The number of personal computers in use worldwide will more than double by 2010, powered by China, India and Indonesia, technology analysts Forrester Research said on Tuesday.
PCs in use will soar to nearly 1.3 billion at the end of the decade from 575 million now, it predicted in a report, titled "Sizing The Emerging-Nation PC Market."
Mature markets in the US, Europe and Asia-Pacific would add 150 million new PCs to the world market by 2010, it said.
By contrast, 566 million new PCs would be used in emerging markets, up from 75 million last year, a 31-percent compound annual growth rate.
The battle in emerging markets would pit industry leaders Dell Inc and Hewlett-Packard Co against local manufacturers, and "fundamentally change the rules of the game," Forrester said.
Price would be the key to faster adoption of computers, it said.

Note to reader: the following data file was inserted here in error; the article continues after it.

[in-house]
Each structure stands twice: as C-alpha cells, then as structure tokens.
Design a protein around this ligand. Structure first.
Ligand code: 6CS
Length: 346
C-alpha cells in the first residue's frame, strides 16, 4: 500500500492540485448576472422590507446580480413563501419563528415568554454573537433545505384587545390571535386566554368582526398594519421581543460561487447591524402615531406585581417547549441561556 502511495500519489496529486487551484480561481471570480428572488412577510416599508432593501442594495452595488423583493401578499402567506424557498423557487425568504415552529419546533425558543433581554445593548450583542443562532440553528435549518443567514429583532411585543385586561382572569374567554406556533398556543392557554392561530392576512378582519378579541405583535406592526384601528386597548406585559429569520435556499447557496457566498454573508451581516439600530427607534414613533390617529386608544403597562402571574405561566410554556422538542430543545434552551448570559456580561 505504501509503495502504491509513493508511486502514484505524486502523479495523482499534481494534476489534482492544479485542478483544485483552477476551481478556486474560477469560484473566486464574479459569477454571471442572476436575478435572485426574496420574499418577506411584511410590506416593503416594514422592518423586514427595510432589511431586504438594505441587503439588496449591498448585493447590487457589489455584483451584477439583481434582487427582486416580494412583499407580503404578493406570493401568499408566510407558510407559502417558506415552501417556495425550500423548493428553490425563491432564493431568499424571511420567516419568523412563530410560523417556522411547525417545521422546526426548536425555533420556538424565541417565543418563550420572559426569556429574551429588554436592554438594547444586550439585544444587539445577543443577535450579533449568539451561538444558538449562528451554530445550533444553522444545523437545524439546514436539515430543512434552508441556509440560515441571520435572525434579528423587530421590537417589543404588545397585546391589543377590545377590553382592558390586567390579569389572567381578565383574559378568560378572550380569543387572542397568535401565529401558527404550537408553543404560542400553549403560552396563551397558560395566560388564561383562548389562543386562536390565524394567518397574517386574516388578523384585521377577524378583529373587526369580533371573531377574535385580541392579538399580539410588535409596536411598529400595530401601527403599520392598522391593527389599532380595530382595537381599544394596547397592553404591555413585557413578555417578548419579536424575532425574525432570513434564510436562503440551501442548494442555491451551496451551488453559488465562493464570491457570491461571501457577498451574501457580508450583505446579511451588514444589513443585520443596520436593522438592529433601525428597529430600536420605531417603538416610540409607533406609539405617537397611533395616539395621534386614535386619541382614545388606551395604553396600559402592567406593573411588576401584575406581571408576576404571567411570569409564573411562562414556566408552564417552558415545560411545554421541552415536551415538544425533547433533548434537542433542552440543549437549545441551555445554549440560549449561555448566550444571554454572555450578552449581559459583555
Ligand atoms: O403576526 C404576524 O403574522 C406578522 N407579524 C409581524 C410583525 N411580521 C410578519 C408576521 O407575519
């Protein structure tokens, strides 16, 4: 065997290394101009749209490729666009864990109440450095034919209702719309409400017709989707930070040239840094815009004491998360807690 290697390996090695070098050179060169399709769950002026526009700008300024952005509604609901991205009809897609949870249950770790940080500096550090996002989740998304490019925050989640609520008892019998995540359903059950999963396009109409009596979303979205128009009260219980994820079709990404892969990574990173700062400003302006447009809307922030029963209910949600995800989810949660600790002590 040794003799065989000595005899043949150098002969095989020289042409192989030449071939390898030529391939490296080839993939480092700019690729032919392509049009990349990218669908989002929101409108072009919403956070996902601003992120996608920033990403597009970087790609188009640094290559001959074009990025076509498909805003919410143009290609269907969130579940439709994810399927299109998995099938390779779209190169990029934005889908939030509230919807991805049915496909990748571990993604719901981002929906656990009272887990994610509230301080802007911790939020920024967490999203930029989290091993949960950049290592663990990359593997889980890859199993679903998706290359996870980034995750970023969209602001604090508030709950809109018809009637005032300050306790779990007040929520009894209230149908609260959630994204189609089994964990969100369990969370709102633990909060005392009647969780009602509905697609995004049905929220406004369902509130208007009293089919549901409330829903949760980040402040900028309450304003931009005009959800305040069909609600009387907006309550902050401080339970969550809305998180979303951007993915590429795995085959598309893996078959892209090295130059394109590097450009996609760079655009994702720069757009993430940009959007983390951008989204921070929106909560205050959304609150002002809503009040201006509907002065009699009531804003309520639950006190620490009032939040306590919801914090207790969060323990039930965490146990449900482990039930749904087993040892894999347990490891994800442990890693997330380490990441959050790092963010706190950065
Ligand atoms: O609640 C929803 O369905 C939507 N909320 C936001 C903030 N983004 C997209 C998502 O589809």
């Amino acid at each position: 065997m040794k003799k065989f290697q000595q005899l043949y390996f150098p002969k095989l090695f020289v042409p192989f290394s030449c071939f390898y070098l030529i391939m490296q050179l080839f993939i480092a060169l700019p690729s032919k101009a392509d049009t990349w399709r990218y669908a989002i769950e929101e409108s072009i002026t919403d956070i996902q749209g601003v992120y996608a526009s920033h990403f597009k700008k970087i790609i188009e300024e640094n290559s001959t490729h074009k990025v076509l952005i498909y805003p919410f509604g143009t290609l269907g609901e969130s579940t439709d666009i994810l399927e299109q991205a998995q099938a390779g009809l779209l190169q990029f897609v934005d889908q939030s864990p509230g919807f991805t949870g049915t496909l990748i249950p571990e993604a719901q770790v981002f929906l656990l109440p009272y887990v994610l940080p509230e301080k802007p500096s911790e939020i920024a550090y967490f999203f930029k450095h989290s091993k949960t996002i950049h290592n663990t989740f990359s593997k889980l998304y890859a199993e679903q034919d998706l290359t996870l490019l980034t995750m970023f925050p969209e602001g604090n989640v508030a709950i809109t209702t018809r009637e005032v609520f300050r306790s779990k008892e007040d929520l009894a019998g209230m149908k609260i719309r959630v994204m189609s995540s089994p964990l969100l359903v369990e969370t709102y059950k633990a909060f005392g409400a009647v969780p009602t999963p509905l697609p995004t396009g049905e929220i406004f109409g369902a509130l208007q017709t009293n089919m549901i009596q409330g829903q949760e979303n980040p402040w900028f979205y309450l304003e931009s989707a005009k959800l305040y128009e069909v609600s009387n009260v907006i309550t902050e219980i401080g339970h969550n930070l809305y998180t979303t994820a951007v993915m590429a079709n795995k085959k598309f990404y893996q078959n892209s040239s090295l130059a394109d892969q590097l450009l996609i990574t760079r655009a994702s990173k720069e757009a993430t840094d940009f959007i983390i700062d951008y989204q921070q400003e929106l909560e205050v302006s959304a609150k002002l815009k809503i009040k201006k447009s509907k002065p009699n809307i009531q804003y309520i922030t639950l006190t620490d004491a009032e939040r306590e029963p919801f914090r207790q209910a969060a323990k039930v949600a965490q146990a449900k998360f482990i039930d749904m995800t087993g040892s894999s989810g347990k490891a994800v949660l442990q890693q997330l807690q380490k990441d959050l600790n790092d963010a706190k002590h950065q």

"Today's products from Western PC vendors won't dominate in those markets in the long term," Forrester senior analyst Simon Yates said.
"Instead, local PC makers like Lenovo Group Ltd (
China's Lenovo stunned the world last week when it announced the purchase of IBM Corp's global PC operations at a price of US$1.75 billion in cash, stock and debt.
According to Forrester, Western PC manufacturers would win the first round in emerging markets, but local manufacturers would dominate in the long term.
The first phase of computer users in emerging countries, wealthy city dwellers, would buy from Western firms like Dell, HP and IBM.
In the second wave, middle-class literate people were expected to be targeted by local manufacturers offering cheaper machines.
The rural mass market was a "long-term challenge," Forrester said.
"They are likely to choose PC alternatives, such as smartphones," it predicted.
Forrester said computer manufacturers must develop a new generation of PC products that are affordable, simple, localized, useful, durable and serviceable.